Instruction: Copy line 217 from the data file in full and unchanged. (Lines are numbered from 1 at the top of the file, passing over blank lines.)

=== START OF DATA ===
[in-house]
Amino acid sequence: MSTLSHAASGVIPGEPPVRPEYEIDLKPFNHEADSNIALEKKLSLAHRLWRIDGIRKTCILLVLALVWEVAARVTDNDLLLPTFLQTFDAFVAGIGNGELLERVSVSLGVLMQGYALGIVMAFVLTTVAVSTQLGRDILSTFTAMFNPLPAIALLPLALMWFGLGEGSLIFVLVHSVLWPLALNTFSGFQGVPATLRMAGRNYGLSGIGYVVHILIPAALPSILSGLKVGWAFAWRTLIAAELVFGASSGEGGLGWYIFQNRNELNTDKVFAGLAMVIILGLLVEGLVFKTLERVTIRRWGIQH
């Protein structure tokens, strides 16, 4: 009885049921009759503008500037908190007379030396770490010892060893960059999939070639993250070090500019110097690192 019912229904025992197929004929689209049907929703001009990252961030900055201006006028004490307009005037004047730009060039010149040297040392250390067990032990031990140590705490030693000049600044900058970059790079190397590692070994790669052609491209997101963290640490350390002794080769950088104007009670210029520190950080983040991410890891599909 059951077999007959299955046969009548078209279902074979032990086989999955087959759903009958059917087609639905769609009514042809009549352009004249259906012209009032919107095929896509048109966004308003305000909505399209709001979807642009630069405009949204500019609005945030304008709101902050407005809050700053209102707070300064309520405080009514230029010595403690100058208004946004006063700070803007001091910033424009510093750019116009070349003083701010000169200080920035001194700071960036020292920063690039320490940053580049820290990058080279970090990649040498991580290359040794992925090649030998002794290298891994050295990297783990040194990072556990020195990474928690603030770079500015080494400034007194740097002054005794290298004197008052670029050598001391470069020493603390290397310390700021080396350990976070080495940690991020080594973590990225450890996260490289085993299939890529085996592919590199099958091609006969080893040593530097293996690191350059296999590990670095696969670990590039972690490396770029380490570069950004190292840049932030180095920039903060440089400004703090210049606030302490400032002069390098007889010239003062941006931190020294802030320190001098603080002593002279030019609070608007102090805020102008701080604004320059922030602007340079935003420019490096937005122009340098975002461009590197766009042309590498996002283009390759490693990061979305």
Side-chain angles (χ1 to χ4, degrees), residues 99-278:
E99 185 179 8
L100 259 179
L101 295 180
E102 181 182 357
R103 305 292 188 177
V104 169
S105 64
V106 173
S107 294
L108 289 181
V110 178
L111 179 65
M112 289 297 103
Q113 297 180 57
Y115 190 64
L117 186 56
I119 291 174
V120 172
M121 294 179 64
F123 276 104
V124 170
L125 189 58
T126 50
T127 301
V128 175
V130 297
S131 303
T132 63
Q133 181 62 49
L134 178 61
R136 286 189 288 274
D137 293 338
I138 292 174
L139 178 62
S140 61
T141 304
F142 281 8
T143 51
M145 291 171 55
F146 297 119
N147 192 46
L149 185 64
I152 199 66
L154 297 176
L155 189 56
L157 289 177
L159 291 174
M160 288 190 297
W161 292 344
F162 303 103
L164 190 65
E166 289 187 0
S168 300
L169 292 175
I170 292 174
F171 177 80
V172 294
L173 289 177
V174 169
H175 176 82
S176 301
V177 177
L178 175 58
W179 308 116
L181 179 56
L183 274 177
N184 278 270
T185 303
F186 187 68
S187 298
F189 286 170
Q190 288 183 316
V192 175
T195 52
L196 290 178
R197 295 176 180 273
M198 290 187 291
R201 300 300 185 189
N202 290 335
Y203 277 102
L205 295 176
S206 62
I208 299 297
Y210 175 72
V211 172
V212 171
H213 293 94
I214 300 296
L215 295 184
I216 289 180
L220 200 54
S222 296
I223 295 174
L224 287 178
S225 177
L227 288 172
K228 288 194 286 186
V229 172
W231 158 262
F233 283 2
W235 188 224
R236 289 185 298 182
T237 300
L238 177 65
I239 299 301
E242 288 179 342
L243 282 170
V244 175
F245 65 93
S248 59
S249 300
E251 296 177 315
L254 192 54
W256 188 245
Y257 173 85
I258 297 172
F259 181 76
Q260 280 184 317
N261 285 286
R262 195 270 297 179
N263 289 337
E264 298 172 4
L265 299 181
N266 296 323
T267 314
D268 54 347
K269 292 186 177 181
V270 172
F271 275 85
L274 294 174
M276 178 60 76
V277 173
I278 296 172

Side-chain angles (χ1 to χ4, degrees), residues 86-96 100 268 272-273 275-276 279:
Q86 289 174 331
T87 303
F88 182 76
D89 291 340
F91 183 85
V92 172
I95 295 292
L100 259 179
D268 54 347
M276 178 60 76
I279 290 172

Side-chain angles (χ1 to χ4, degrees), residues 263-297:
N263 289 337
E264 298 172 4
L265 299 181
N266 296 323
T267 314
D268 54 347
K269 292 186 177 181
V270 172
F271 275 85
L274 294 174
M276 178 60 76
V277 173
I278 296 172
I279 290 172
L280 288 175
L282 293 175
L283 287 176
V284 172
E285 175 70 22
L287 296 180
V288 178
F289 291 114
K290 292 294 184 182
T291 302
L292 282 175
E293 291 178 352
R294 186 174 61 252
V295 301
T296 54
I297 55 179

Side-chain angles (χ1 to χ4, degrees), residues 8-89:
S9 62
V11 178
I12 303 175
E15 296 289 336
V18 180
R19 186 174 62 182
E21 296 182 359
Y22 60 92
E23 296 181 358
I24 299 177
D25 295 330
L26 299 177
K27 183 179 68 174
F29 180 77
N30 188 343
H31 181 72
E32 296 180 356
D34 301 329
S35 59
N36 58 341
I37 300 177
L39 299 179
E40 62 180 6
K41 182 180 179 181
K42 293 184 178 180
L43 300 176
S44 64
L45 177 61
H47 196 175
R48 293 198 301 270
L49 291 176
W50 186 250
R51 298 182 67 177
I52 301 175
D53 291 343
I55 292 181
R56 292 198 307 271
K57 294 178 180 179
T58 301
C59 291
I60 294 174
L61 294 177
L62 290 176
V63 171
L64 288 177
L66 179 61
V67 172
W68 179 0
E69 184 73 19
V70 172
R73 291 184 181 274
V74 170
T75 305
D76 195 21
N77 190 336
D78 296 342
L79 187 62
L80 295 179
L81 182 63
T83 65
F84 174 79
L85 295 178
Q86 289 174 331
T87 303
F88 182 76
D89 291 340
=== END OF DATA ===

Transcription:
I55 292 181